Portrait Lighting Terms Beginners Need to Know in the Studio!

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Each light on set plays a specific role and each of those roles has a name. Today’s video covers portrait lighting for beginners/ I’m going to break down common vocabulary that I’m sure you’ve heard like main light, kicker, fill, rim, hair light, background light and edge lights. Plus I am going to give an overview of grip gear including flags, C-stands, booms, grip heads and grip arms.That way when you hear people use these terms you wont be in the dark and you can also get an idea how you might use lighting during your next studio photography session. And even if you feel like you have got this stuff down, I’m sure you’ll find several really good portrait photography tips in this video!

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Welcome back everyone I hope that you’re having a great day. As you look at this behind the scenes image of Jeff you will notice a lot of gear! Each one of these lights is playing a specific role and each of those roles has a name. In today’s video I’m gonna break down for you some common vocabulary that I’m sure you’ve heard like main light, kicker, fill, rim, hair light, background light and edge lights. Plus I am going to give an overview of grip gear including flags C-stands, booms, grip heads and grip arms.That way when you hear people like me use these terms you wont be in the dark and you can also get an idea how you might use lighting during your next portrait session. And even if you feel like you have got this stuff down, I’m sure you’ll find several really good tips in this video!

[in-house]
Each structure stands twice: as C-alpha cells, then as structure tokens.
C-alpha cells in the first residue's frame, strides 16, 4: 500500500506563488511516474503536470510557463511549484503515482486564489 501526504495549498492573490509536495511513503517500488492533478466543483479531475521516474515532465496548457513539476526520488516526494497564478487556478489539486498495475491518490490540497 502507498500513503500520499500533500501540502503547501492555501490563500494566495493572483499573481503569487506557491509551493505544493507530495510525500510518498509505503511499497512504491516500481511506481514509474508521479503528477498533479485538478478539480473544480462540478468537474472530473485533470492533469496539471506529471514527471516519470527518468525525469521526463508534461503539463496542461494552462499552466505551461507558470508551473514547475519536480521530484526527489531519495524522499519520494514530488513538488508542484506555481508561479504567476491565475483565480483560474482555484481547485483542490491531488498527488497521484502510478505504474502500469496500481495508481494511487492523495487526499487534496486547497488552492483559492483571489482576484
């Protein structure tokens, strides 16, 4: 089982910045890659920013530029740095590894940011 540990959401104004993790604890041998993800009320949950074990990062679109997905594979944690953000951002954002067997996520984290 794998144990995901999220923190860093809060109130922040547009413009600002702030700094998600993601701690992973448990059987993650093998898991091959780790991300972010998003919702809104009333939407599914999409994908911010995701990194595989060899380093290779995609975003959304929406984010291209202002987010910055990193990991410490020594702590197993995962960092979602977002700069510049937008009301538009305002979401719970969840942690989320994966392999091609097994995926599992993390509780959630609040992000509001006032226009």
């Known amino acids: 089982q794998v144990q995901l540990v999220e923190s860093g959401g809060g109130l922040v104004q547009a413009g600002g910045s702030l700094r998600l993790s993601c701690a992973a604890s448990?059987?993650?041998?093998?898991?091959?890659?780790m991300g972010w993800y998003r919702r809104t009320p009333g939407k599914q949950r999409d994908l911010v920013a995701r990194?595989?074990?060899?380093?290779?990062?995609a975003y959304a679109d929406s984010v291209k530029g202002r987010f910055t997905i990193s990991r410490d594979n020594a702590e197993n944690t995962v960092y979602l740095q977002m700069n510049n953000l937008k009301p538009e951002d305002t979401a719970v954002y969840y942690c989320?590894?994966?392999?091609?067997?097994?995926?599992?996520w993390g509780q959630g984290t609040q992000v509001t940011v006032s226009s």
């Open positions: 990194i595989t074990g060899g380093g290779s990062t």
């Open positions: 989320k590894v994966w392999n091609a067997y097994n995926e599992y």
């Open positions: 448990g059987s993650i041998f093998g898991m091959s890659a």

Everyone has a name for every position where they place a flash on set, wether they are on location on in the studio. And to make things even more confusing there are often multiple names for the same thing! But don’t worry, you will have all of this down by the end of the video.

For the purpose of this discussion, we’re going to talk about lighting positions as hours on a clock with the photographer standing at 6 o’clock and the subject in the middle. 

If you want want to check out any of the gear I use in my work there will be links below and on screen and clicking on them will help support me to make more videos like this. You could also leave a super thanks below and don’t forget to like, subscribe and sign up for the bell. 

Key Light

The key light or main light probably got its name because it’s the key or main light in your set up. It’s normally going to be the light hitting your subject’s face and it’s brightness is going to predominantly determine your exposure. Often times people will use a softbox, umbrella or beauty dish for this type of light.

The key light is usually going to be somewhere between four and 8 o’clock and if you’re using a beauty dish it doesn’t have to be at 6 o’clock, it can be wherever you wanna put it. Dont let people try to tell you that a beauty dish has to be at 6 o’clock, you can use any modifier any place that you want so long as it looks good to you and it speaks to your creative vision.

Side Light

If you place your key light at 3 o’clock or 9 o’clock, it will be referred to as a side light, or split lighting, which will typically cause only half of your subjects face is illuminated. I’m personally not a fan of this type of lighting, so you won’t see it very often on my timeline, mostly because I want there to be light on both of my subjects eyes. Side lighting can also be very unflattering for people with bad skin, because it will show all the texture in their complexion.